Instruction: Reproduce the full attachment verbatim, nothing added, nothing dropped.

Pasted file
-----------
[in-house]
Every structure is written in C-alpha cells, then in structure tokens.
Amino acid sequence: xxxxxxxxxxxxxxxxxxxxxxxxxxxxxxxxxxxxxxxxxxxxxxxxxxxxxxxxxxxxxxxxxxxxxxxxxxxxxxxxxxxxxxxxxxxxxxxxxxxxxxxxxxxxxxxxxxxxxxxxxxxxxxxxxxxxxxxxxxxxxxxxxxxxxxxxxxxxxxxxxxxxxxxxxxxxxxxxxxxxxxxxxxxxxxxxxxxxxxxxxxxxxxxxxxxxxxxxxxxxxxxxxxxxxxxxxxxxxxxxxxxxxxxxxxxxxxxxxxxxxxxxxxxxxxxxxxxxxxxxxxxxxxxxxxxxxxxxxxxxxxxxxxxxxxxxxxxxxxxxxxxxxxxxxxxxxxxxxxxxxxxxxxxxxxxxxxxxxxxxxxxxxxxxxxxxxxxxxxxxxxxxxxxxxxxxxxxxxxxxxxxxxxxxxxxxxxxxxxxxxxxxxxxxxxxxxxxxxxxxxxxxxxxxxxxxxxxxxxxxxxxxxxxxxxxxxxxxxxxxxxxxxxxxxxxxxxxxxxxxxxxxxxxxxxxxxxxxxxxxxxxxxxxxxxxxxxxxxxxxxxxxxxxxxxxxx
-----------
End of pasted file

[in-house]
Every structure is written in C-alpha cells, then in structure tokens.
Amino acid sequence: xxxxxxxxxxxxxxxxxxxxxxxxxxxxxxxxxxxxxxxxxxxxxxxxxxxxxxxxxxxxxxxxxxxxxxxxxxxxxxxxxxxxxxxxxxxxxxxxxxxxxxxxxxxxxxxxxxxxxxxxxxxxxxxxxxxxxxxxxxxxxxxxxxxxxxxxxxxxxxxxxxxxxxxxxxxxxxxxxxxxxxxxxxxxxxxxxxxxxxxxxxxxxxxxxxxxxxxxxxxxxxxxxxxxxxxxxxxxxxxxxxxxxxxxxxxxxxxxxxxxxxxxxxxxxxxxxxxxxxxxxxxxxxxxxxxxxxxxxxxxxxxxxxxxxxxxxxxxxxxxxxxxxxxxxxxxxxxxxxxxxxxxxxxxxxxxxxxxxxxxxxxxxxxxxxxxxxxxxxxxxxxxxxxxxxxxxxxxxxxxxxxxxxxxxxxxxxxxxxxxxxxxxxxxxxxxxxxxxxxxxxxxxxxxxxxxxxxxxxxxxxxxxxxxxxxxxxxxxxxxxxxxxxxxxxxxxxxxxxxxxxxxxxxxxxxxxxxxxxxxxxxxxxxxxxxxxxxxxxxxxxxxxxxxxxxxx